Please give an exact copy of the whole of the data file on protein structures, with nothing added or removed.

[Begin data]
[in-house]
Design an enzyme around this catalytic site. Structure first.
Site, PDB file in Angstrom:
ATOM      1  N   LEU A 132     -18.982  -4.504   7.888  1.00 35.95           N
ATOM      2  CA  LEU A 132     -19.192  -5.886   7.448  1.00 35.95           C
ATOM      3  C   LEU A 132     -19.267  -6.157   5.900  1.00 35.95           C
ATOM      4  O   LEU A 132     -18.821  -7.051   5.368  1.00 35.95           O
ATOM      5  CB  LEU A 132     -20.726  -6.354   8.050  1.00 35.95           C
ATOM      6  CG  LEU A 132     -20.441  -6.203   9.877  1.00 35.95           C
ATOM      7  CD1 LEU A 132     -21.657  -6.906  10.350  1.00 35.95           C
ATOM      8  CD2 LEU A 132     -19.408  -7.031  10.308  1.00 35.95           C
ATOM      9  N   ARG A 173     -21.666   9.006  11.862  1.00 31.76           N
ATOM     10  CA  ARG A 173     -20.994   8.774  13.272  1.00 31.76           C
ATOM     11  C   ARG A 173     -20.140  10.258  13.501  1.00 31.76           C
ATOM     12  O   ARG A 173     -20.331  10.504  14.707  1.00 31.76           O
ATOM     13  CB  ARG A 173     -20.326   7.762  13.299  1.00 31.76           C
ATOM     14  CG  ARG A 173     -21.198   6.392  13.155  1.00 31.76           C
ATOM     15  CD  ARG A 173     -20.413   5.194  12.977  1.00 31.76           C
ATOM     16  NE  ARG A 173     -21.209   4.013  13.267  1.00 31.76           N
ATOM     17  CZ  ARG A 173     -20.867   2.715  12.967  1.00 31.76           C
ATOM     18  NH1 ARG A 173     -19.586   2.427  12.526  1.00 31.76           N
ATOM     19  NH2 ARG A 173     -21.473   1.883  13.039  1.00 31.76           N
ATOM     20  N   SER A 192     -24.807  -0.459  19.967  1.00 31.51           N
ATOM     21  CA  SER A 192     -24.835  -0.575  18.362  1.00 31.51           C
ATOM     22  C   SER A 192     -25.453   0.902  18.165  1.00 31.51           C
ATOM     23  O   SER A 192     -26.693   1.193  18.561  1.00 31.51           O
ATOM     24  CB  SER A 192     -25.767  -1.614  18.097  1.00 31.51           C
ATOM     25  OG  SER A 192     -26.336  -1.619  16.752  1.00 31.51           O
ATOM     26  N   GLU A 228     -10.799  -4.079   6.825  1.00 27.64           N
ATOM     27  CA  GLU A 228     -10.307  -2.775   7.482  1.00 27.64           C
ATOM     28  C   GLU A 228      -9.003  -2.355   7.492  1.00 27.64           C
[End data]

[in-house]
Design an enzyme around this catalytic site. Structure first.
Site, PDB file in Angstrom:
ATOM      1  N   LEU A 132     -18.982  -4.504   7.888  1.00 35.95           N
ATOM      2  CA  LEU A 132     -19.192  -5.886   7.448  1.00 35.95           C
ATOM      3  C   LEU A 132     -19.267  -6.157   5.900  1.00 35.95           C
ATOM      4  O   LEU A 132     -18.821  -7.051   5.368  1.00 35.95           O
ATOM      5  CB  LEU A 132     -20.726  -6.354   8.050  1.00 35.95           C
ATOM      6  CG  LEU A 132     -20.441  -6.203   9.877  1.00 35.95           C
ATOM      7  CD1 LEU A 132     -21.657  -6.906  10.350  1.00 35.95           C
ATOM      8  CD2 LEU A 132     -19.408  -7.031  10.308  1.00 35.95           C
ATOM      9  N   ARG A 173     -21.666   9.006  11.862  1.00 31.76           N
ATOM     10  CA  ARG A 173     -20.994   8.774  13.272  1.00 31.76           C
ATOM     11  C   ARG A 173     -20.140  10.258  13.501  1.00 31.76           C
ATOM     12  O   ARG A 173     -20.331  10.504  14.707  1.00 31.76           O
ATOM     13  CB  ARG A 173     -20.326   7.762  13.299  1.00 31.76           C
ATOM     14  CG  ARG A 173     -21.198   6.392  13.155  1.00 31.76           C
ATOM     15  CD  ARG A 173     -20.413   5.194  12.977  1.00 31.76           C
ATOM     16  NE  ARG A 173     -21.209   4.013  13.267  1.00 31.76           N
ATOM     17  CZ  ARG A 173     -20.867   2.715  12.967  1.00 31.76           C
ATOM     18  NH1 ARG A 173     -19.586   2.427  12.526  1.00 31.76           N
ATOM     19  NH2 ARG A 173     -21.473   1.883  13.039  1.00 31.76           N
ATOM     20  N   SER A 192     -24.807  -0.459  19.967  1.00 31.51           N
ATOM     21  CA  SER A 192     -24.835  -0.575  18.362  1.00 31.51           C
ATOM     22  C   SER A 192     -25.453   0.902  18.165  1.00 31.51           C
ATOM     23  O   SER A 192     -26.693   1.193  18.561  1.00 31.51           O
ATOM     24  CB  SER A 192     -25.767  -1.614  18.097  1.00 31.51           C
ATOM     25  OG  SER A 192     -26.336  -1.619  16.752  1.00 31.51           O
ATOM     26  N   GLU A 228     -10.799  -4.079   6.825  1.00 27.64           N
ATOM     27  CA  GLU A 228     -10.307  -2.775   7.482  1.00 27.64           C
ATOM     28  C   GLU A 228      -9.003  -2.355   7.492  1.00 27.64           C